Adjusting to life without a sister

We’ve all heard the term “empty nester” when it comes to the parents of the senior class, but has anyone ever stopped to wonder how a younger sibling might feel about living alone for the very first time?


Jules Pung

I used to welcome the silence of long study nights, especially after a hectic day at school. Now, it’s often too quiet, even for my taste.

During my freshman year, it wasn’t uncommon for people to ask how I felt about my sister leaving for college, especially in the months leading up to graduation. In an effort to keep the mood light, I would often joke, “Well, I get to have a bathroom all to myself, so that’s something.”

Like a lot of older siblings, she never failed to keep me in line and give me advice when I needed it, so I always knew I would miss her when she was gone. Yet, I won’t deny that the idea of having half of the house to myself seemed kind of exciting, especially when much of my time growing up was spent either sharing a room or wearing hand-me-downs.

Back then, I didn’t know that adjusting to life without my older sibling would be one of the hardest things I’ve ever had to experience. It also set in motion a journey towards newfound independence and confidence in myself. 

The first few months without her were definitely the loneliest I’d ever been in a long time. Granted, I still had my mom to drive me to school every morning, and we’d have our morning chats in the car, but there was always an ongoing need of having to fill some empty space. Not just in the car, but at home, too. My sister’s room came to become somewhat stale, and although I would be too exhausted by the time I came home on weekdays to notice, there wasn’t much I could do to ignore the overbearing silence over the weekends.

While it may sound like a dream to have everything to yourself, the truth is that it’s awkward and unsettling to have no one there, maybe even a little bit scary.

In an effort to quell the loneliness, I made it a habit to keep myself busy, and for a while, it worked. If I wasn’t at school, I was doing laps in the pool; if I wasn’t in the pool, I was hitting the books at my desk well into the night. Eventually, if I wasn’t lonely, I was bored. Whether it’s through some petty argument or useless banter, a sibling could always help pass the time. But with nothing to say in a vacant room, what else was there to do?

Schoolwork wasn’t making it much easier, either. Between managing my first AP class as a sophomore and keeping up with the rest of my studies, I suddenly started to doubt my abilities as a student, and with new teachers came a new set of standards that I was largely unfamiliar with. Every day was a cycle of doing the homework, taking notes in class, making mistakes; rinse and repeat. In my struggle, all I could think was, “How did Gaby do this?”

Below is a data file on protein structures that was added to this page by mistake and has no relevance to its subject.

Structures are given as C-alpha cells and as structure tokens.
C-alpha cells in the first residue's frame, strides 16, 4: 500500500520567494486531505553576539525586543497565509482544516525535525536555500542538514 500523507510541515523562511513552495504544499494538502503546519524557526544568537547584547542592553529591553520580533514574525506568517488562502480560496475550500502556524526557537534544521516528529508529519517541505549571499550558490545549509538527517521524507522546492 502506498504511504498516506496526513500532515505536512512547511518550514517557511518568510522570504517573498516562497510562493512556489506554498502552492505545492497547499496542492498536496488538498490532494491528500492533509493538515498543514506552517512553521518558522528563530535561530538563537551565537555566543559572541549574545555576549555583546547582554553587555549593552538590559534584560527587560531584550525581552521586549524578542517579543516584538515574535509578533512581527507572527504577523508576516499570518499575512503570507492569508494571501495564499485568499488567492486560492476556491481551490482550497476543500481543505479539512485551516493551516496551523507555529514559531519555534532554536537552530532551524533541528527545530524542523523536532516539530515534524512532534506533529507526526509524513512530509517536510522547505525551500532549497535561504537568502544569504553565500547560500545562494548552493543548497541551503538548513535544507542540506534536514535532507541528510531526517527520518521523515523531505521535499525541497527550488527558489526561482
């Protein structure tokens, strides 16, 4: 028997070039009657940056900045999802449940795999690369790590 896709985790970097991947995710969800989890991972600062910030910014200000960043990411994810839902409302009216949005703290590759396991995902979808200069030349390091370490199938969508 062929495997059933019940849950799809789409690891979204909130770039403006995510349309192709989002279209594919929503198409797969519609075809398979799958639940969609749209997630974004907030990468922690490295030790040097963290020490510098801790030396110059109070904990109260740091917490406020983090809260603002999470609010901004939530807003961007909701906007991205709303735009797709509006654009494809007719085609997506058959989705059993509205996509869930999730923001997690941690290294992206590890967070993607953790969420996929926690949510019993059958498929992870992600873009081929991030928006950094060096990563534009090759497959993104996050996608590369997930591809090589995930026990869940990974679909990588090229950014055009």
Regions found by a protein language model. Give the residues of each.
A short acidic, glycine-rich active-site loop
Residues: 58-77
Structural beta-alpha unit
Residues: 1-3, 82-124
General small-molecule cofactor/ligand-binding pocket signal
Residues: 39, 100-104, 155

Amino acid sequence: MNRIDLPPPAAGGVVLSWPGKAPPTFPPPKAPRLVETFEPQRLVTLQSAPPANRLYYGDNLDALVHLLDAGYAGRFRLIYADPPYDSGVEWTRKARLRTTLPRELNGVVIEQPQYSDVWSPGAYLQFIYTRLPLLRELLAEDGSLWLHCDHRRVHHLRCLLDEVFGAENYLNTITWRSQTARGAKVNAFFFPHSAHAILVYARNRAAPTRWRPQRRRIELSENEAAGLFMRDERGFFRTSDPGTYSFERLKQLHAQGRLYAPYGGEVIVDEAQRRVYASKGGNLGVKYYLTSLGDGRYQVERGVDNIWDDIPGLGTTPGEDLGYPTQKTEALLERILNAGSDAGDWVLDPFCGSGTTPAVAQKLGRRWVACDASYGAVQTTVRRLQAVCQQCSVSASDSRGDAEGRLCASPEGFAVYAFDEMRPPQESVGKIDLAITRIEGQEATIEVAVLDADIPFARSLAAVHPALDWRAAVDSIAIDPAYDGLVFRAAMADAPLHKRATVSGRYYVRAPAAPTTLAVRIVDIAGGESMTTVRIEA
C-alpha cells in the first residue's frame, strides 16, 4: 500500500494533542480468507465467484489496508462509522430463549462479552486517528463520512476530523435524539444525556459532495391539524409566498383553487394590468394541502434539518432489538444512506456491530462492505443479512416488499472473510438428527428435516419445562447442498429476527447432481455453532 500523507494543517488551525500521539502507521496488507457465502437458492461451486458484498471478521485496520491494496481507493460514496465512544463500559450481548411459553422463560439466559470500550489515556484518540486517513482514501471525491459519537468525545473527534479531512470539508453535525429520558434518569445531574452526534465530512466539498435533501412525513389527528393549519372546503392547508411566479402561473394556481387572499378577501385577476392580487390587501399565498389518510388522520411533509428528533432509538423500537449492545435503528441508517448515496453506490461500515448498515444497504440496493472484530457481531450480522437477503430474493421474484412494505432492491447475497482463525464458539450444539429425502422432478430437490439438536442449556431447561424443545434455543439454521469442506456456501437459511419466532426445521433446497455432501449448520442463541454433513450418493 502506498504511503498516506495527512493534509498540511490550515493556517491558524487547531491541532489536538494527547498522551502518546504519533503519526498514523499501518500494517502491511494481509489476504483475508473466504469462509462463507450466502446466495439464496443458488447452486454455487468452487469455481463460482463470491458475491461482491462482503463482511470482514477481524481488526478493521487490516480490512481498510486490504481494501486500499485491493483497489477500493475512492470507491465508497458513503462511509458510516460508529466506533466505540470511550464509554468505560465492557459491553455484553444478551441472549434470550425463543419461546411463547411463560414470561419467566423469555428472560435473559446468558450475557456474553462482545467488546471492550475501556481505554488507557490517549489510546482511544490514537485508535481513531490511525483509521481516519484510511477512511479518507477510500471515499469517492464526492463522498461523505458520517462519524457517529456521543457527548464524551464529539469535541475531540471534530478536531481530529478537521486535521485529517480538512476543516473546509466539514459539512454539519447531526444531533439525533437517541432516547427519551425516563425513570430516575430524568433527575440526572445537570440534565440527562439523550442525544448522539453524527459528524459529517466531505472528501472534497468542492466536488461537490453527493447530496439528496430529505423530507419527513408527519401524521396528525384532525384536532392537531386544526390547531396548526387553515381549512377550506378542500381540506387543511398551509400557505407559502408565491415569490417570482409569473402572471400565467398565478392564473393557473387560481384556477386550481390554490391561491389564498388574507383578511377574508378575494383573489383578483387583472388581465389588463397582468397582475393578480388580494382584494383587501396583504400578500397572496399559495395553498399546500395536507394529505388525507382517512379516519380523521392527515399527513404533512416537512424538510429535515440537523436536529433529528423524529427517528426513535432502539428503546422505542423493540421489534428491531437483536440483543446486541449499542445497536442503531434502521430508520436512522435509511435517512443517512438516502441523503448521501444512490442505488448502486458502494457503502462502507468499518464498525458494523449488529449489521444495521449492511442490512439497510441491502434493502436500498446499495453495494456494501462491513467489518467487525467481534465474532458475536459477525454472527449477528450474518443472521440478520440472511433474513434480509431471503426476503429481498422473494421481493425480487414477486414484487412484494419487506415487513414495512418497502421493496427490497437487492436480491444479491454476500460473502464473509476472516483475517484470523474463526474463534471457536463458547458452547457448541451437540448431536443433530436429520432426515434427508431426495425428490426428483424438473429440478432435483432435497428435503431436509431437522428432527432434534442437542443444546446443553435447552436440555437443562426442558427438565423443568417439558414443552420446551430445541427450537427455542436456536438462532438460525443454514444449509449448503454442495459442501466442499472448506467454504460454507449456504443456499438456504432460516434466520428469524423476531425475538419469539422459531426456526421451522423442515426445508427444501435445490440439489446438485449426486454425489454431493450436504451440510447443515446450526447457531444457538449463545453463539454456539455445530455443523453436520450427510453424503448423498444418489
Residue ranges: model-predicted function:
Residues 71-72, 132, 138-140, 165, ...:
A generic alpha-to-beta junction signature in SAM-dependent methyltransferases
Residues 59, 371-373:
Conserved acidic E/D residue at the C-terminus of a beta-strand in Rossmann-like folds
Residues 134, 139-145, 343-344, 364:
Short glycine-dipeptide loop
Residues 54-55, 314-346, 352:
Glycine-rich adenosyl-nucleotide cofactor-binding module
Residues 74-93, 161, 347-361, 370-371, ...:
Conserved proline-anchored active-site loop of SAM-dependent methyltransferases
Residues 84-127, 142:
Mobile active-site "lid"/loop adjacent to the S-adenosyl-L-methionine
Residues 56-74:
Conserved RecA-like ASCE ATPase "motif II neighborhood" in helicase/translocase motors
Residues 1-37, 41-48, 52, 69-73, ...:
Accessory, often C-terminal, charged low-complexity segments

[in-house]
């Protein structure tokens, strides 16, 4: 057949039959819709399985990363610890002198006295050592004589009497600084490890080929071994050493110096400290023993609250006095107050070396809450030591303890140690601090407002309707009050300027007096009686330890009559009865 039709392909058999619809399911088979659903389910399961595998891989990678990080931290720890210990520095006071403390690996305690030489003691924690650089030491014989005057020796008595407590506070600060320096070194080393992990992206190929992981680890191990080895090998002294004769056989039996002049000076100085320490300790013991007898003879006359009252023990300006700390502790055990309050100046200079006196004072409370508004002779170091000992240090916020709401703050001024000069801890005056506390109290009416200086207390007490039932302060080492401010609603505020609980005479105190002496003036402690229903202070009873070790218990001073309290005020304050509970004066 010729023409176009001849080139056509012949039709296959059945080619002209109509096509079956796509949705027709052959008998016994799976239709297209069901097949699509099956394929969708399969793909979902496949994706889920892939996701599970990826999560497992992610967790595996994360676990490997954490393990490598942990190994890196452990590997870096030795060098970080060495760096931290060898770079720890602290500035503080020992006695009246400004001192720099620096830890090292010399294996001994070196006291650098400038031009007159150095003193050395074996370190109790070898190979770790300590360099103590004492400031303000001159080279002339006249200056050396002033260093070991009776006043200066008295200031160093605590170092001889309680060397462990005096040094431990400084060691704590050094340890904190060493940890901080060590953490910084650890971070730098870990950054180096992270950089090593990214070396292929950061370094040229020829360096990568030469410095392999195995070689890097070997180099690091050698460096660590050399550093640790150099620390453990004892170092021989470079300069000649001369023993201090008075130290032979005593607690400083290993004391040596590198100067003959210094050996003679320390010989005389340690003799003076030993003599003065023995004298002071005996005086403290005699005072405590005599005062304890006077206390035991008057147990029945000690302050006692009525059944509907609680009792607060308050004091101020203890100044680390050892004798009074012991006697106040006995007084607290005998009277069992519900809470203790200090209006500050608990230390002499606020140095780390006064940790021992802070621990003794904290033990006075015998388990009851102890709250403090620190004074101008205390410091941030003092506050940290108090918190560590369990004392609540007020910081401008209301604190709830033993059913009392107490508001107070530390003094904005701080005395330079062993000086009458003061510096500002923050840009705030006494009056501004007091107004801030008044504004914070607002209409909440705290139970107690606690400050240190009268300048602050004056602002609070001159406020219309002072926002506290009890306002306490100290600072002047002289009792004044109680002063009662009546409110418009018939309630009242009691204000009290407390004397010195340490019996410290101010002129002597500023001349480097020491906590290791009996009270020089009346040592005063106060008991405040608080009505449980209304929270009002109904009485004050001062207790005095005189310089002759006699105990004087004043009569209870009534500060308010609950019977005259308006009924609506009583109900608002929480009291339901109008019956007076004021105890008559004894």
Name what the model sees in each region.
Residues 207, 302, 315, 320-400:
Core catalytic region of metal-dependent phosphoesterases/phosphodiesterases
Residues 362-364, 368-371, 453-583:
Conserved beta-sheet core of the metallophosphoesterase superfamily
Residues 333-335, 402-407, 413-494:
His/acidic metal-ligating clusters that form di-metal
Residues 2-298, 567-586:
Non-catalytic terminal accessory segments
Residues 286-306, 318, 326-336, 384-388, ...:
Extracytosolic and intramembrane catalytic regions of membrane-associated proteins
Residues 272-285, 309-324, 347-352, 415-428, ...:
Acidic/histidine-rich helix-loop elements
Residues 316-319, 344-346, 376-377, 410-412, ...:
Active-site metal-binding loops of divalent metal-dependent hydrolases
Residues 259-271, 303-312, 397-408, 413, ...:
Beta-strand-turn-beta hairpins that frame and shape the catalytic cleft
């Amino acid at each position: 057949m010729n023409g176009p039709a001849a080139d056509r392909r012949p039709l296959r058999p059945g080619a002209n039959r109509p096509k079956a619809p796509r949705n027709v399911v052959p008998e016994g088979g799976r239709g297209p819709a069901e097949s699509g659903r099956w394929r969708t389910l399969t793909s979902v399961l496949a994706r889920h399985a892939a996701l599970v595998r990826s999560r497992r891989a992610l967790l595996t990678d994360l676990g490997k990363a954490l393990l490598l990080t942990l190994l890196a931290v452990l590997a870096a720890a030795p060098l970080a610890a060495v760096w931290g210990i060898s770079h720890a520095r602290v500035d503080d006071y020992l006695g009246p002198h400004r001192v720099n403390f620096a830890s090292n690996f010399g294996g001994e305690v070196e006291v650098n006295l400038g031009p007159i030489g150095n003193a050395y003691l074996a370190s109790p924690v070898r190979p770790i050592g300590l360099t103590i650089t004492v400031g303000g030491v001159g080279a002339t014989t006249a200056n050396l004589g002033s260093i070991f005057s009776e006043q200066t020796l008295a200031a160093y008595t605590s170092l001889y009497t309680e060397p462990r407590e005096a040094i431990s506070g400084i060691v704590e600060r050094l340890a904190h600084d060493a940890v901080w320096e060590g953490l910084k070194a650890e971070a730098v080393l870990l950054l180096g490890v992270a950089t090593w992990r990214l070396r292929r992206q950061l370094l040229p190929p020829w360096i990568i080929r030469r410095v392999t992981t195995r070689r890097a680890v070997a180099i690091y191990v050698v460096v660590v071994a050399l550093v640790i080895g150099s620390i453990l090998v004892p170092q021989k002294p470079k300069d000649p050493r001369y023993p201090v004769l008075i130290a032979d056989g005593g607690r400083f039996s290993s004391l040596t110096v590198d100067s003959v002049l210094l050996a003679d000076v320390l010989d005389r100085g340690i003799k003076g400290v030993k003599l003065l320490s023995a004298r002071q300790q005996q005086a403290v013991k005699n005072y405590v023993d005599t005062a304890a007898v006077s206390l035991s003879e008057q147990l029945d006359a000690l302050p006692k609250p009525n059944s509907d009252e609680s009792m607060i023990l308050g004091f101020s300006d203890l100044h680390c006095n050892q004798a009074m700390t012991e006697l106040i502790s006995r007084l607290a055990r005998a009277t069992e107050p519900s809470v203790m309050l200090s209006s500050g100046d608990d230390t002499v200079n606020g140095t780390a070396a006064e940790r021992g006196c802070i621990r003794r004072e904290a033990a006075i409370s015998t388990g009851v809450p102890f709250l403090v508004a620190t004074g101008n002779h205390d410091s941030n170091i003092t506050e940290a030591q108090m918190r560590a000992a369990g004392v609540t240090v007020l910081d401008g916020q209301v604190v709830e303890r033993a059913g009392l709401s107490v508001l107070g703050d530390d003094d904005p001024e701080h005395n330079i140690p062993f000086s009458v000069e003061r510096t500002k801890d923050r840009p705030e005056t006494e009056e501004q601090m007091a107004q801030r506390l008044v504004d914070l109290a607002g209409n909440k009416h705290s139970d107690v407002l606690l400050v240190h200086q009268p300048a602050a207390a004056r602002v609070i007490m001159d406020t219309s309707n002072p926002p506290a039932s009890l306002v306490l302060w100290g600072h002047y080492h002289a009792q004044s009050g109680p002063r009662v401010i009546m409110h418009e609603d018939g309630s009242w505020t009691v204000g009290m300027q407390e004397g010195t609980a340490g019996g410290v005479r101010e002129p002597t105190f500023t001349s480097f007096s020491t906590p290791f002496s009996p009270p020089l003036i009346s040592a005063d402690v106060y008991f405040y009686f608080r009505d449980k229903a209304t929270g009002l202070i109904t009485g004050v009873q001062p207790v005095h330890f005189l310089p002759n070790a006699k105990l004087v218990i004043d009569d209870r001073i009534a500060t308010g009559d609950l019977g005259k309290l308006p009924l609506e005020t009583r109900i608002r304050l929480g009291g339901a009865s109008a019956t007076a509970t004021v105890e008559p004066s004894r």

The answer? By herself.

This revelation changed everything, and I only wished I’d realized it sooner. I spent so long hoping for someone to guide me that I couldn’t quite accept the way things were, that like her, I was on my own; that like her, I was going to be the one to make things better for myself. And so I hit the ground running.

If I didn’t understand the concepts given in class, I would go home and read over the notes until I did. If my notes still confused me, I would research online or watch videos. I started to ask more questions during lessons. I learned which study techniques did and didn’t work, and if I didn’t receive the test grade I had anticipated, I would brush off, start again, and try something different.

And it wasn’t just my work ethic that changed; I also began trying to be more involved in the social scene. Throughout my time as a freshman, I would always find the prospect of approaching upperclassmen intimidating, but over the course of this year, whether it be through classes, clubs, or sports teams, I have gotten to know an incredibly witty, outgoing, and compassionate group of older peers who have helped me make the most of my high school experience thus far.

After months of having bouts of uncertainty gnaw at the back of my head, I finally learned to go solo and take control of my own problems.

So, as a message to underclassmen whose brother or sister is graduating this year, take this as a big heads-up: while it may sound like a dream to have everything to yourself, the truth is that it’s awkward and unsettling to have no one there, maybe even a little bit scary. 

Maybe your brother is headed to Auburn.  Maybe it’s your sister, headed to Wake Forest, FSU, or Tulane. Whatever the case may be, this story is meant to show that while the idea of you and your sibling being a thousand miles apart might leave you feeling lost, you have a chance to shape a new chapter, one that is wholly and completely yours to tell. Embrace that uncomfortable, empty feeling. Use it as an opportunity to meet new people, learn to ask your own questions and get your own answers, and most importantly, build up the courage to release that familiar helping hand to decide what’s best for you.